Education Expenses

The cost of education, and in particular higher education, have increased tremendously over the past few decades. Successful financial plans account for the rising cost of higher education.

It is important for a policyholder to determine whether life insurance will account for their child’s educational costs. Many individuals have opened up college-specific 529 savings plans that pay for educational costs in a tax-efficient manner. However, these plans can only cover educational expenses (without tax penalties), so some policyholders may like the flexibility of using their life insurance policy instead. If their child does not go to college, they can still use the life insurance payout in other manners.

Special Needs and Other Unexpected Expenses

Sometimes life throws you a curveball. It is good to account for unexpected expenses incurred by your beneficiary. There has been a recent rise in special needs services. For instance, more children are being diagnosed with autism, and there are services required for this disorder. Putting aside some extra cash as a safety net for these unexpected life events can help put policyholders at ease.

Inflation is another unexpected “expense” that policyholders may want to keep in mind. The United States just experienced one of the highest inflationary years in 2021. Many policyholders want to prepare for their beneficiaries’ insurance payouts to not be worth as much in the future.

Personal Factors to Consider

Many individuals seek to personalize their life insurance planning. There are many personalized factors that will affect an individual’s life insurance game plan. Some of the main factors to look at when deciding on a life insurance policy are: the policyholder’s age, employment status, health situation, and family setup. 

An individual who is under 30 and is single will most likely want a different life insurance policy than an individual in their 60s with a wife and children. Holistic financial planning can be a daunting task for an untrained individual to take on, which is why many individuals use professional help to compare life insurance policies.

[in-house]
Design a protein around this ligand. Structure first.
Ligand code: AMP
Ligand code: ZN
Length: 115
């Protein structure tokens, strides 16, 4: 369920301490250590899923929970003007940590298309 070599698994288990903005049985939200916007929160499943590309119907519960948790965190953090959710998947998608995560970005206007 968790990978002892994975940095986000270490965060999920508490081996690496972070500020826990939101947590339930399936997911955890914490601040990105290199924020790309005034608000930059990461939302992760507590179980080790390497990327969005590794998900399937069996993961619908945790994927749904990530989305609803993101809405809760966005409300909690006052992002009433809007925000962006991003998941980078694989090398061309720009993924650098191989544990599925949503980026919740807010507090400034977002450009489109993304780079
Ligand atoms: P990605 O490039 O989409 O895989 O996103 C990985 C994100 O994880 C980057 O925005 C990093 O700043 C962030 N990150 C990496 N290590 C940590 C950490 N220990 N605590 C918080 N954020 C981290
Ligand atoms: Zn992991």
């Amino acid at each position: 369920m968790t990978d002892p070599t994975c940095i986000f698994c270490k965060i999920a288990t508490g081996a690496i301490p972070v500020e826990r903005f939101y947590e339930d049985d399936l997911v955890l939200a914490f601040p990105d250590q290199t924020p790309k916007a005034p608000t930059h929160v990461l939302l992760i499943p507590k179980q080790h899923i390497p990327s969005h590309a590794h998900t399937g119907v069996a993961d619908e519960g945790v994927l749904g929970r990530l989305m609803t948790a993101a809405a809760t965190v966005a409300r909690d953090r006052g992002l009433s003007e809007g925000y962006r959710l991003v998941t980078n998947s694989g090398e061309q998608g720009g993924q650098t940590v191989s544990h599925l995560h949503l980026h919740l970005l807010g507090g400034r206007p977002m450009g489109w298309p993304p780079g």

Choosing a Life Insurance Policy

Considering the future is uncertain, no one can give a definite answer on the exact amount of life insurance to purchase. However, there are professionals that work very hard to determine the appropriate amount of life insurance each individual should plan for.

There has been a recent trend of individuals who have leveraged innovative technology to choose the most appropriate life insurance policy in the most efficient manner. One example of this is Sproutt, which uses an AI-based method for choosing life insurance policies that are the most accurate fit for each individual. Bestow  is another example of an up-and-coming life insurance marketplace that allows for a fast and efficient application process. Technology is changing many aspects of our lives, and life insurance is just another example of an industry that is adapting to the times.

Jackson Forelli Jackson Forelli Last update:
Jackson is a consultant for a large American Asset Manager, notable clients include Morgan Stanley, Merrill Lynch, and Wells Fargo. He also writes on financial topics, including bitcoin, personal finance, and portfolio construction. Avid skier during the cold New England winters.